Search This Blog


Iron and Latex

In the past few months I've been introduced to more ways to torture my sinews than before. As I've mentioned before I'm a fan of maximally efficient gains, in other words what gets me the most with a minimum of hassle and time consumption. There are numerous previous entries on high-intensity training and Tabata protocols. Following my surgery and rehabilitation I've met not only the iron I've also been playing with rubber (kinky I know). This is almost a modern parable of hard and soft styles, the yin and yang of conditioning. Its a little tough being a big bad fighter guy who gets a little shiver of fear when he sees a big rubber ball or resistance bands.
I consider myself a strong person, I can still lift and move weights that others find daunting, but this strength is deceptive. Why? If I was this physical uberman I wouldn't be writing about rehabilitating two knee surgeries as well as other injuries. Stabilizers and core are essential for strength, without them your body is exposed to forces that the primary muscle groups can handle but all the weaker links in the chain, specifically tendons and ligaments have to take up inordinate loads, they become the weakest link in the chain and the hardest injury to rehabilitate.
Primary, among my awakening are those damned stabilizers. Try standing on one foot, if you are wobbling it shows that various stabilizer muscles are firing, presumably too much to correct the deficits of other weaker stabilizers. The burning sensation is ischemia, literally those muscles are using oxygen more rapidly than your blood, lungs, and heart can deliver it to those muscles. Once you've mastered 30 secs, a minute, or two minutes whatever, try shifting your center of mass by bending your knee or reaching for the mat. Get a stabilizer pillow, the jelly donut version of a hemorrhoid pillow and stand on that, it works against your body's equilibrium establishing mechanisms, every correction making you feel like you wobble more. If those are working well try doing one-armed push-up hold or T-position. Once you've got the static part down you can start moving to dynamic movements like farmer's walk (walking lunge to lunge) or sideways lunge.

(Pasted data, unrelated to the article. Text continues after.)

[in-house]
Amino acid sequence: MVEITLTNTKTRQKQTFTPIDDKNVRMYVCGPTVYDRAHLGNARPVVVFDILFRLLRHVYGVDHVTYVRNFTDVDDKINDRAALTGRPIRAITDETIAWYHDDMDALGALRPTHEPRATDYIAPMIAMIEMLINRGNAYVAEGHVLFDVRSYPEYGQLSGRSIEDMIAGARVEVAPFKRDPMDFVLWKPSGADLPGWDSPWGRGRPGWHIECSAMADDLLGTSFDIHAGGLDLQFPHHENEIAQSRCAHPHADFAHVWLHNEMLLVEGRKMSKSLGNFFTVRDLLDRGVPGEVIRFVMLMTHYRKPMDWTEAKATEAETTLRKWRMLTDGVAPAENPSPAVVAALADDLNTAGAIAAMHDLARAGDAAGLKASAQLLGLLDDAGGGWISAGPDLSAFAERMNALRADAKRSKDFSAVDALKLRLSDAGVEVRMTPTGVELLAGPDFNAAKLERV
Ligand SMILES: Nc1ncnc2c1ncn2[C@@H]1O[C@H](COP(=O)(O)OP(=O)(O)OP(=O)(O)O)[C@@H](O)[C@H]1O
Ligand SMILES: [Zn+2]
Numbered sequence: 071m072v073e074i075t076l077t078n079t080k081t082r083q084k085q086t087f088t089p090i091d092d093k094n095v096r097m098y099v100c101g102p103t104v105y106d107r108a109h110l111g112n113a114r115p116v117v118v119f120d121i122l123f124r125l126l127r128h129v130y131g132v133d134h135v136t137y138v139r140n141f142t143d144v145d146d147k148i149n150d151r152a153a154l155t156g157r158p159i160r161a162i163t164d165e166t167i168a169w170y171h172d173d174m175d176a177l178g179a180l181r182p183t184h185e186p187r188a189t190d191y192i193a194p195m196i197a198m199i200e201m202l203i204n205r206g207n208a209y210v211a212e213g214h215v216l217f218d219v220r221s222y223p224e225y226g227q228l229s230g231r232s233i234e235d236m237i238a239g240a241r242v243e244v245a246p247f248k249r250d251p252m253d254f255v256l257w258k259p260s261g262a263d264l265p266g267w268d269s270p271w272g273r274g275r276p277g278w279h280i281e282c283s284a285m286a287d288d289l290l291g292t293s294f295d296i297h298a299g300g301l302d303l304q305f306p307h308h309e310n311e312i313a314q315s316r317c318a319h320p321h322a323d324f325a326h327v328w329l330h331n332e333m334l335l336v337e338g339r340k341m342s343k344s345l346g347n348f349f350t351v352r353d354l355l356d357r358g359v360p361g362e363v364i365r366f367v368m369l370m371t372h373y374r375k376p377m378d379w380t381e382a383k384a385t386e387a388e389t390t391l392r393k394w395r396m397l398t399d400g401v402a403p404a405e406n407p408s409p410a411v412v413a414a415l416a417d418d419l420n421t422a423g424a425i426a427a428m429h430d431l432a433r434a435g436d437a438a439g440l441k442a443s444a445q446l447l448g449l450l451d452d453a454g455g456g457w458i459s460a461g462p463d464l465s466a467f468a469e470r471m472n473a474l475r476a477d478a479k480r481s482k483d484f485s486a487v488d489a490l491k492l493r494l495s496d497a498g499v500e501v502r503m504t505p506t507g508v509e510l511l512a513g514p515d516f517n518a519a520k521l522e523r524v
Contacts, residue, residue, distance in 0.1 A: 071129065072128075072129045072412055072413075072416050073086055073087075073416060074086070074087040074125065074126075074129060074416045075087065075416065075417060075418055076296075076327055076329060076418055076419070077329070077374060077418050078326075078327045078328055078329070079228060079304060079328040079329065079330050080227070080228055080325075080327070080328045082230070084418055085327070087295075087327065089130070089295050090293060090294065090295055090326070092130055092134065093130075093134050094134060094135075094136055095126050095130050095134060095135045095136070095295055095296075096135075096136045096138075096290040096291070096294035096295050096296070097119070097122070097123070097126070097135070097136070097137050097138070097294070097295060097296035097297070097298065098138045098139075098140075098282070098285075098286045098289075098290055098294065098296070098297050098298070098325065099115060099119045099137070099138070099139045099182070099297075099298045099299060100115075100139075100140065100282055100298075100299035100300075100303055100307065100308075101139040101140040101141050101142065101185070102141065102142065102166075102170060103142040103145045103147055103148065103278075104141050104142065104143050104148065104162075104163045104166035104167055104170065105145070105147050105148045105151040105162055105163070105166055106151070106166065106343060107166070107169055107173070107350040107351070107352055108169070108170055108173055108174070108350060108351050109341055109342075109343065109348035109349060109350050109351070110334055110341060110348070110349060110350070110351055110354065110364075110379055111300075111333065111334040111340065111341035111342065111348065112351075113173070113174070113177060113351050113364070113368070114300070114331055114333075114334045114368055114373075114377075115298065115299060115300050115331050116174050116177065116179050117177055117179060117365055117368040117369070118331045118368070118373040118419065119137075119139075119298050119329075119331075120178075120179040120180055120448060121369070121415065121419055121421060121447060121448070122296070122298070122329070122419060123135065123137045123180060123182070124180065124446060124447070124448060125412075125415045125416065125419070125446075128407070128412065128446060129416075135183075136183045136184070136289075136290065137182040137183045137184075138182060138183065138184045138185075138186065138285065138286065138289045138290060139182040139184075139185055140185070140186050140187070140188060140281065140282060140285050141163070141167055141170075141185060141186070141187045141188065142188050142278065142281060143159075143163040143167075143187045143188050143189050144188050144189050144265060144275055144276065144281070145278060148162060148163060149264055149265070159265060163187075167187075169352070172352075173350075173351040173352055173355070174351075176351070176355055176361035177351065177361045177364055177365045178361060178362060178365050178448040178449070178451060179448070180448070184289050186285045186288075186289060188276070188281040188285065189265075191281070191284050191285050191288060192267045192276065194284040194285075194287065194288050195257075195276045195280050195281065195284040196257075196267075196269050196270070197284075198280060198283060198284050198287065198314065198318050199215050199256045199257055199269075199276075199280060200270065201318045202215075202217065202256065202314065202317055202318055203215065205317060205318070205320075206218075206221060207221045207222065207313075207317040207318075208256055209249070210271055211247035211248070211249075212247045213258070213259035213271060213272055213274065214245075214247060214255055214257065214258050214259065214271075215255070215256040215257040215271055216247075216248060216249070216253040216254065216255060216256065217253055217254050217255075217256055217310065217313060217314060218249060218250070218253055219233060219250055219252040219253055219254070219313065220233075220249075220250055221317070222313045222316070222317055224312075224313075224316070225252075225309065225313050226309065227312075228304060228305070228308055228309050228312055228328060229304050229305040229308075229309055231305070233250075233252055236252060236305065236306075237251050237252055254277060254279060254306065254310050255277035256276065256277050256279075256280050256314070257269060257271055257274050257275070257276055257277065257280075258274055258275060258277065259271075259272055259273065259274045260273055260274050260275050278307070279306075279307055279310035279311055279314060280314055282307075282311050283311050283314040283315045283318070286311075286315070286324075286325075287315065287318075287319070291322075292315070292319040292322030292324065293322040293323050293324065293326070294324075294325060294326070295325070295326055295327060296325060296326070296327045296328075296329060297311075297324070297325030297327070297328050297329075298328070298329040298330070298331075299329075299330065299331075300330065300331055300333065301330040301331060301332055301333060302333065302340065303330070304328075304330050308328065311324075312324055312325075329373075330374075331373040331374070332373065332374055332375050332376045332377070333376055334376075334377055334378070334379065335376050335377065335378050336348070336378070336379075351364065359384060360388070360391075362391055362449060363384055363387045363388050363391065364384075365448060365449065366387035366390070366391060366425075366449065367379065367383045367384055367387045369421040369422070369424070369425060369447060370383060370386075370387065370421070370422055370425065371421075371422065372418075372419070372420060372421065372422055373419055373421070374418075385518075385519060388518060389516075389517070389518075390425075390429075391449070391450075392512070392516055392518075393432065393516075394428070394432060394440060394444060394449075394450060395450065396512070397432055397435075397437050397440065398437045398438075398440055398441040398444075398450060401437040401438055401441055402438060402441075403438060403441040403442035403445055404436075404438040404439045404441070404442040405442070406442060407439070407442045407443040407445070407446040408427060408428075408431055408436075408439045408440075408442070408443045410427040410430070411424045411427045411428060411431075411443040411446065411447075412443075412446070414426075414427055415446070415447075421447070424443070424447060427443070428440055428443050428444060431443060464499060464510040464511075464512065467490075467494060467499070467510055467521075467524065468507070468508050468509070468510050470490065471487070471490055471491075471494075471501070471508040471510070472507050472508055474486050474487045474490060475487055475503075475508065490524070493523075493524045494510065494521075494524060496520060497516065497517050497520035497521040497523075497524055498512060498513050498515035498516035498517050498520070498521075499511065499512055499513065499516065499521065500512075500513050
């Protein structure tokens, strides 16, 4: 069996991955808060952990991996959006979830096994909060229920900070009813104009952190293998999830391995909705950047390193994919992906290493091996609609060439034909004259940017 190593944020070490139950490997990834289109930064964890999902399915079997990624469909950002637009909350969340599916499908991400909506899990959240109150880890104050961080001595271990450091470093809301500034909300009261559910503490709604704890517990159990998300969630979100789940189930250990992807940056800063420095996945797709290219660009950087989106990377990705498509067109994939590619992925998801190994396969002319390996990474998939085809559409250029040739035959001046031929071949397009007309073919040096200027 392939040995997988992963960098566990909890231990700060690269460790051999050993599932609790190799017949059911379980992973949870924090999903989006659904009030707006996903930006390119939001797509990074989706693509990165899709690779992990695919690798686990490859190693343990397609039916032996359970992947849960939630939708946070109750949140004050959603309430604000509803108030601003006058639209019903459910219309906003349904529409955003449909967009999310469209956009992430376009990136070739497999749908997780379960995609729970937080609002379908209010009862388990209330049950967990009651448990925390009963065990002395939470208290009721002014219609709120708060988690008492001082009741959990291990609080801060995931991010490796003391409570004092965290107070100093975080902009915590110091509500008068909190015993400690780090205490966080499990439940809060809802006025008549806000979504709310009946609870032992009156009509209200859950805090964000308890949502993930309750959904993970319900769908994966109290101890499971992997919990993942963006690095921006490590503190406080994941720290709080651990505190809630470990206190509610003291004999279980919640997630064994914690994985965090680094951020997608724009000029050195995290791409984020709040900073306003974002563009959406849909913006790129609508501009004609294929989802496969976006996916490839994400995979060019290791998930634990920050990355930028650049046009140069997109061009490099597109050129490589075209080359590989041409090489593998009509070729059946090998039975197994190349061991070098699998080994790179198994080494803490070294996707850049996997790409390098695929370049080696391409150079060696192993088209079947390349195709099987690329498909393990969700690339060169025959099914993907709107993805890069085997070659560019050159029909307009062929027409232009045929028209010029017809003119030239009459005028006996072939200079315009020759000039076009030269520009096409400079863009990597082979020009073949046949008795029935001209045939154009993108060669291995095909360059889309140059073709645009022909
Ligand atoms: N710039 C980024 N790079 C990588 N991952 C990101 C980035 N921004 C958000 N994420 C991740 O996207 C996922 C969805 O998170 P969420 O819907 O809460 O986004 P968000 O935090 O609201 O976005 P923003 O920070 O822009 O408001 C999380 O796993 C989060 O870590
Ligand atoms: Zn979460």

My new favorite toy are resistance bands. Typically in workouts the resistance is uniform, that is when one benches the weight really doesn't change. Resistance bands (and weight chains for that matter) increase resistance during the exercise, resistance bands are governed by F = -kx, the force is proportional to the distance moved. The further the conditioning band stretches the harder it is, usually at the limit of your bodies reach the weakest part of the motion. Aha! We are going to make you work hardest where you are weakest. I've tried shadowboxing in them, which turns 3 minutes of shadow boxing into a muscle burning good time (although I recommend doing both leads for symmetry).

Technorati Tags: , ,

No comments: